The clock is ticking at the North American Aerospace Defense Command (NORAD) as it continues its annual tradition of tracking Santa Claus as he makes his way around the globe.
NORAD uses some high-tech systems to track Santa's sleigh -- radar, satellites, Santa Cams and fighter jets -- and has teamed up again this year with Google, which began tracking Santa in real time starting at 2 a.m. today. Google Maps will have all the necessary flight information, or you can tune in to a 3D feed via Google Earth. Parents with eager kids can plot out the exact right time to chill the milk and cool the cookies by using the Google Maps mobile site as well, by searching for "(santa)" on their smartphones.
You can also call NORAD for the latest news of Santa's flight. The NORAD Tracks Santa Operations Center will be open from 6 a.m. today to 5 a.m. on Sunday. Call 877-HI-NORAD (877-446-6723) toll-free. Last year, first lady Michelle Obama answered calls, so you never know who will pick up when you call the hotline.
The country has been tracking Santa's path since 1955, when a Sears Roebuck ad in Colorado Springs, Colo., misprinted their Santa hotline number. Calls poured in to the Continental Air Defense Command (CONAD) and its director of operations, Col. Harry Shoup, tapped into his own holiday spirit, and a tradition was born. NORAD has run the program since it replaced CONAD in 1958.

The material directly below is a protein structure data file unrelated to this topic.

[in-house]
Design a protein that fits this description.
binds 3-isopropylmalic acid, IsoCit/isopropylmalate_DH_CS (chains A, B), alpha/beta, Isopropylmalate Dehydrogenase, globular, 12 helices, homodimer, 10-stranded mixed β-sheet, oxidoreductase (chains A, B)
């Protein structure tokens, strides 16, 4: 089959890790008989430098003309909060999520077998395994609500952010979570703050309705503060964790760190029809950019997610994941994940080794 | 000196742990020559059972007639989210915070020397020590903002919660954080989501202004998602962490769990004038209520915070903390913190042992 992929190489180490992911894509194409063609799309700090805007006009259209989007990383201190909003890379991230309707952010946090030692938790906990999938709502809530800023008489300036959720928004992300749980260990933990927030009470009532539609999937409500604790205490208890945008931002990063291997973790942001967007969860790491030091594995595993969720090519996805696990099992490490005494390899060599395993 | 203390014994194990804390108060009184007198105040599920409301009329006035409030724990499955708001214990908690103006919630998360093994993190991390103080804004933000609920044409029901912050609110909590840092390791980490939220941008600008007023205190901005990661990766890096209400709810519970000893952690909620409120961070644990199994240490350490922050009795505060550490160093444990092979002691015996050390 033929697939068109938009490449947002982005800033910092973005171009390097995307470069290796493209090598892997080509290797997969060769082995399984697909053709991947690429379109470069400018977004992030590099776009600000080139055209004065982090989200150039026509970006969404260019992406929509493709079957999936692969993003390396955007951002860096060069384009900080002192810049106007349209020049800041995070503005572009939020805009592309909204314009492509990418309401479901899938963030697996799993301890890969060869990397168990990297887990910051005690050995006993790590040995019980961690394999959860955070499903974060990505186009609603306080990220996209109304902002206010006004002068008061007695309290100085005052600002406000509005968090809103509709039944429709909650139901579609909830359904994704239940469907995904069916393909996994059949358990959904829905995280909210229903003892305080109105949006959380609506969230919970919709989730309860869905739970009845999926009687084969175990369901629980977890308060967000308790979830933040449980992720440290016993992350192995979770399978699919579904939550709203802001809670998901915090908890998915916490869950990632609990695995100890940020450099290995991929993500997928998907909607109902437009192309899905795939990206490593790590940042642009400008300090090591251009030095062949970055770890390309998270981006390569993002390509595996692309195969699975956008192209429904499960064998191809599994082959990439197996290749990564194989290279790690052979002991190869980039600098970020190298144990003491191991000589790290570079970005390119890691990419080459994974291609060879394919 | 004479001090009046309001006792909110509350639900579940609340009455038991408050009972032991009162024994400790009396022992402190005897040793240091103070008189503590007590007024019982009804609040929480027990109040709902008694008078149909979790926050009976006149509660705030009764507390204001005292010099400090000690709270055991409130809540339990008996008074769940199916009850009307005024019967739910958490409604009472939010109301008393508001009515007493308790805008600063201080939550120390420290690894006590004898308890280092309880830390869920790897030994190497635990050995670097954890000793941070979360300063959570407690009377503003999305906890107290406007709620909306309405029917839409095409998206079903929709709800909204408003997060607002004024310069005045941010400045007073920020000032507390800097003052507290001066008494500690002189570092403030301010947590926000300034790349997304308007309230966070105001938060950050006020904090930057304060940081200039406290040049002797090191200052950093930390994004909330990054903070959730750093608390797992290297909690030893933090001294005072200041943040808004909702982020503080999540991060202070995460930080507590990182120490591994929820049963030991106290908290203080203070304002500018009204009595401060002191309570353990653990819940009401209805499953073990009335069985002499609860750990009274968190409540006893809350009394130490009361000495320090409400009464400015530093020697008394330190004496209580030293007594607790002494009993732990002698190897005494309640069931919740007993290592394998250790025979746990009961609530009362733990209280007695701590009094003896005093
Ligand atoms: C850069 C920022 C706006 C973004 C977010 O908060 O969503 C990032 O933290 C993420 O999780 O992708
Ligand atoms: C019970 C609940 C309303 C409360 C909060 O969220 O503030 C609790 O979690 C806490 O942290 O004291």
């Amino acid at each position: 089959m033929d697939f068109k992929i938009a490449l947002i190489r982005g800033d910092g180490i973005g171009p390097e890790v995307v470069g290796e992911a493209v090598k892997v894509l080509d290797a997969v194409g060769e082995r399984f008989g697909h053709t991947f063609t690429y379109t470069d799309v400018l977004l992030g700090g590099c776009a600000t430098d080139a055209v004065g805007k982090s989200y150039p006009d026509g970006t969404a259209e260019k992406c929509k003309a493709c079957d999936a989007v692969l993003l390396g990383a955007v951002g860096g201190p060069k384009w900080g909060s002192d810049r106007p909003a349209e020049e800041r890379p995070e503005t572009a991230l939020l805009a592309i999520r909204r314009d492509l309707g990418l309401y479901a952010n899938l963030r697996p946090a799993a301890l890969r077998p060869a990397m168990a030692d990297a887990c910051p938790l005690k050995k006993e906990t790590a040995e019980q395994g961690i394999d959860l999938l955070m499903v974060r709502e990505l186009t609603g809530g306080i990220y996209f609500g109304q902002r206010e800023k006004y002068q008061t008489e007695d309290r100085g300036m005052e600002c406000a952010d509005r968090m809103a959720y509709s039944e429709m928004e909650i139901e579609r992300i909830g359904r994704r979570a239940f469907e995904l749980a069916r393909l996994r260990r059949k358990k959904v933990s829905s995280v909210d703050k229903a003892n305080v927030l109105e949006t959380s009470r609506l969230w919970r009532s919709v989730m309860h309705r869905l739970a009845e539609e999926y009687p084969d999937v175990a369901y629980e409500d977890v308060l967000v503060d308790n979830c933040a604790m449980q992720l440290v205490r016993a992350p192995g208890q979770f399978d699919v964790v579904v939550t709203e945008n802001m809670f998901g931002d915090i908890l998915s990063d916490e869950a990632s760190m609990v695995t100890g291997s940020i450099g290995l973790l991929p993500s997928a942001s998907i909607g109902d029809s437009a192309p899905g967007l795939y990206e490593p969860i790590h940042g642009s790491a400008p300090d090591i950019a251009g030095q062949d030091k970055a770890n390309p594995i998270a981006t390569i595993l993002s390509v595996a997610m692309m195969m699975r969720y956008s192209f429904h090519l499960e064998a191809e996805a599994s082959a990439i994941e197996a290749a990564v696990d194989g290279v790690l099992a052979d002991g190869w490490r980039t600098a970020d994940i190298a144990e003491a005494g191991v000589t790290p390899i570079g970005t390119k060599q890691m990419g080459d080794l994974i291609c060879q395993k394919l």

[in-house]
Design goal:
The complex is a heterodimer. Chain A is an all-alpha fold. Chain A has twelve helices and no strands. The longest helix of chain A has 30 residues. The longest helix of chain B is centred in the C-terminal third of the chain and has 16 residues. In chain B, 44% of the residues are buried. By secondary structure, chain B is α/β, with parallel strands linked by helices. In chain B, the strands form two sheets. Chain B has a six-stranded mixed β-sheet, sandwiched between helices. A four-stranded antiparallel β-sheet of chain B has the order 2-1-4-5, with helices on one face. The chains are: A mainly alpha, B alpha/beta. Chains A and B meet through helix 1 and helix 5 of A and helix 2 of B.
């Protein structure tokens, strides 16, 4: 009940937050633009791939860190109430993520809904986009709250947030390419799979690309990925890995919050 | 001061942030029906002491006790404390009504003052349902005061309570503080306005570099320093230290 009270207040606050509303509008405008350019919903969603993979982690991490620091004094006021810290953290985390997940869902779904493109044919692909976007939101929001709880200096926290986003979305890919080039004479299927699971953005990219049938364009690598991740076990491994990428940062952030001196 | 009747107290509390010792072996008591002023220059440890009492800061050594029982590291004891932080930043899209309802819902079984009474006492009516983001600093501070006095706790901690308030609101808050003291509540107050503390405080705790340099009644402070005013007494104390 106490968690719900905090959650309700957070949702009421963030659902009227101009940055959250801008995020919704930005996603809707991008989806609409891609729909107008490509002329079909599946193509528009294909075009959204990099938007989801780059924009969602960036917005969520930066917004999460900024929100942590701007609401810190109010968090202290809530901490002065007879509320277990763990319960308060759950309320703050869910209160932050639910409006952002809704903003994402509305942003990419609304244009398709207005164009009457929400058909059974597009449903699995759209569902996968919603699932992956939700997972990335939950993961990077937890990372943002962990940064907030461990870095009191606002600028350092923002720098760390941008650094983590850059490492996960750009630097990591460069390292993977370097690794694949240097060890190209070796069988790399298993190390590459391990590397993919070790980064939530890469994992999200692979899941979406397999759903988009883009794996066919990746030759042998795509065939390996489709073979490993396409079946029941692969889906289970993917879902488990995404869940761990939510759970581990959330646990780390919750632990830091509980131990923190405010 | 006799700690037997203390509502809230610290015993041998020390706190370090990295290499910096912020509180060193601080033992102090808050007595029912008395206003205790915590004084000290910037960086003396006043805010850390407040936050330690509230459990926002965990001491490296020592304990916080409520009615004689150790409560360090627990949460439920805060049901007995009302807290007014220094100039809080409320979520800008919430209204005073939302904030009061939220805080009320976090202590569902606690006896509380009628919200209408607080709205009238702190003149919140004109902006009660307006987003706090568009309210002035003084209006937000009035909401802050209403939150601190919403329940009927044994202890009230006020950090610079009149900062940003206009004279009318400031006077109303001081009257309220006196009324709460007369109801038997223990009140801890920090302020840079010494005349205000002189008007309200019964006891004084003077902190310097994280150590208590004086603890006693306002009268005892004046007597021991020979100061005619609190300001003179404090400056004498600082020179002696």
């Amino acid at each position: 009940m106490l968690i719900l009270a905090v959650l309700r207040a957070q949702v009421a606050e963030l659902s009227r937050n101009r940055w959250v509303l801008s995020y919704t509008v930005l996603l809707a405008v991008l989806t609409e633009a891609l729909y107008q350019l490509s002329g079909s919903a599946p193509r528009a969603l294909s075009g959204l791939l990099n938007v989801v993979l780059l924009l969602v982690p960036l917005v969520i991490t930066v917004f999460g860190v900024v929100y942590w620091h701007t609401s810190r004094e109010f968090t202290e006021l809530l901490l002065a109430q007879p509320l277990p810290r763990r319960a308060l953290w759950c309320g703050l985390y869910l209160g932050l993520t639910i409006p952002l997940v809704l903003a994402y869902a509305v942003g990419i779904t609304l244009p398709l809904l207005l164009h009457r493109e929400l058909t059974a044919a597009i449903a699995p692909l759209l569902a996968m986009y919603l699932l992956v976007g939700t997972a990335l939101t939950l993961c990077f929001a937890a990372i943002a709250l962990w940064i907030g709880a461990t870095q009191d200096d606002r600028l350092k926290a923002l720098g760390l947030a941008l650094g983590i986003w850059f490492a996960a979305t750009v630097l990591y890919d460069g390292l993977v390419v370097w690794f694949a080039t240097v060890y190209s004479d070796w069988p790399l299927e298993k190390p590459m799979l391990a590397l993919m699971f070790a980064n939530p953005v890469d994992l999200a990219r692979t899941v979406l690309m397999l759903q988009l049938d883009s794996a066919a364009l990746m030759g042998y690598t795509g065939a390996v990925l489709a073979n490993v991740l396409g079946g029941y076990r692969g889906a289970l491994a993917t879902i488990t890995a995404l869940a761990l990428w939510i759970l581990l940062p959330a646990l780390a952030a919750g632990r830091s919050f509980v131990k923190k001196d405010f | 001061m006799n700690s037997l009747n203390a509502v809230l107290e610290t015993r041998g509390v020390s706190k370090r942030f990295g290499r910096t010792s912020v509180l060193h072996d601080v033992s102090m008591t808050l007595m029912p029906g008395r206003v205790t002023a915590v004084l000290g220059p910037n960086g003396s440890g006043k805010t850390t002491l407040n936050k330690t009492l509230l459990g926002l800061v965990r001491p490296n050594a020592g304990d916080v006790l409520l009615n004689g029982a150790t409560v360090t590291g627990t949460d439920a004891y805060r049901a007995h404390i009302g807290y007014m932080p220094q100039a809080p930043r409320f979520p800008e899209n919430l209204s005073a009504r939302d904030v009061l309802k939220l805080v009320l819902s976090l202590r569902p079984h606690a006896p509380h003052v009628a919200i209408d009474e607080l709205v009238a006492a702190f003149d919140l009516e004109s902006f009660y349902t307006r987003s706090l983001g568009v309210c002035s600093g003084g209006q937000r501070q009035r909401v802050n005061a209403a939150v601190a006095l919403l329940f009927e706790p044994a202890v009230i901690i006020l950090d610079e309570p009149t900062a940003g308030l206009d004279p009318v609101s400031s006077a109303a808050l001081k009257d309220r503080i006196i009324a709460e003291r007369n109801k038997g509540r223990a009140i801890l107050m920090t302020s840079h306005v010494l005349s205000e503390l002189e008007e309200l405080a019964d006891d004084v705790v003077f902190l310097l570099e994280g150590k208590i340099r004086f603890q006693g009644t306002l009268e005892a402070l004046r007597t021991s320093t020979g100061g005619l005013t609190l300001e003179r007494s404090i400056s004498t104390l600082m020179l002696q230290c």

(You can find a charming audio clip of Shoup describing the first call at the official NORAD Santa website, if you're interested in the history.)
The NORAD Tracks Santa program is supported by over 1,200 Canadian and American uniformed personnel and Department of Defense workers who volunteer to field calls and emails, and by corporate contributors, such as Avaya.
According to the NORAD Tracks Santa website, radar gives NORAD the first indication that Santa has taken off from the North Pole. NORAD uses, in addition to Santa cams and a fighter jet escort, geosynchronous satellites equipped with infrared sensors that can zero in on Santa's sleigh. "Amazingly, Rudolph's bright red nose gives off an infrared signature, which allows our satellites to detect Rudolph and Santa," the site says.